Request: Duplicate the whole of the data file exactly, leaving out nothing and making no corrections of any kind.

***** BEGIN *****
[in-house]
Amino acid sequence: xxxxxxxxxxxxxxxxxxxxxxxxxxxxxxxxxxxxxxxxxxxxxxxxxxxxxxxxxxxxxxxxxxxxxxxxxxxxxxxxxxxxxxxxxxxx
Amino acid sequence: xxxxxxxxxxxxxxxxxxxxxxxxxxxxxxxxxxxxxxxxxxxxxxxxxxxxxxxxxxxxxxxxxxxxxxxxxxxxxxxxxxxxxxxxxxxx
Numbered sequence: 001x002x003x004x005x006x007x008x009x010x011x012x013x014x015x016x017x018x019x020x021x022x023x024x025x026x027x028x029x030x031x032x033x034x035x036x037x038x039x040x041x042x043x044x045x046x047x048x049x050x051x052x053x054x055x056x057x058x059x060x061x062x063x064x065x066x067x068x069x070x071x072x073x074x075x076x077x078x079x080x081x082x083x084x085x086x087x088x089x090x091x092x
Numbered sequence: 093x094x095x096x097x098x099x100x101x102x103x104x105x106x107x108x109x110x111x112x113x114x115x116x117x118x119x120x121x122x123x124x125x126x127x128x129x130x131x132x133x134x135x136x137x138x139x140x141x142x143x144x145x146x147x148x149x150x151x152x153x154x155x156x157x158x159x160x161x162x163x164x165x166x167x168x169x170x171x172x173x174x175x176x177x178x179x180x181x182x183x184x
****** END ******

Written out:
[in-house]
Amino acid sequence: xxxxxxxxxxxxxxxxxxxxxxxxxxxxxxxxxxxxxxxxxxxxxxxxxxxxxxxxxxxxxxxxxxxxxxxxxxxxxxxxxxxxxxxxxxxx
Amino acid sequence: xxxxxxxxxxxxxxxxxxxxxxxxxxxxxxxxxxxxxxxxxxxxxxxxxxxxxxxxxxxxxxxxxxxxxxxxxxxxxxxxxxxxxxxxxxxx
Numbered sequence: 001x002x003x004x005x006x007x008x009x010x011x012x013x014x015x016x017x018x019x020x021x022x023x024x025x026x027x028x029x030x031x032x033x034x035x036x037x038x039x040x041x042x043x044x045x046x047x048x049x050x051x052x053x054x055x056x057x058x059x060x061x062x063x064x065x066x067x068x069x070x071x072x073x074x075x076x077x078x079x080x081x082x083x084x085x086x087x088x089x090x091x092x
Numbered sequence: 093x094x095x096x097x098x099x100x101x102x103x104x105x106x107x108x109x110x111x112x113x114x115x116x117x118x119x120x121x122x123x124x125x126x127x128x129x130x131x132x133x134x135x136x137x138x139x140x141x142x143x144x145x146x147x148x149x150x151x152x153x154x155x156x157x158x159x160x161x162x163x164x165x166x167x168x169x170x171x172x173x174x175x176x177x178x179x180x181x182x183x184x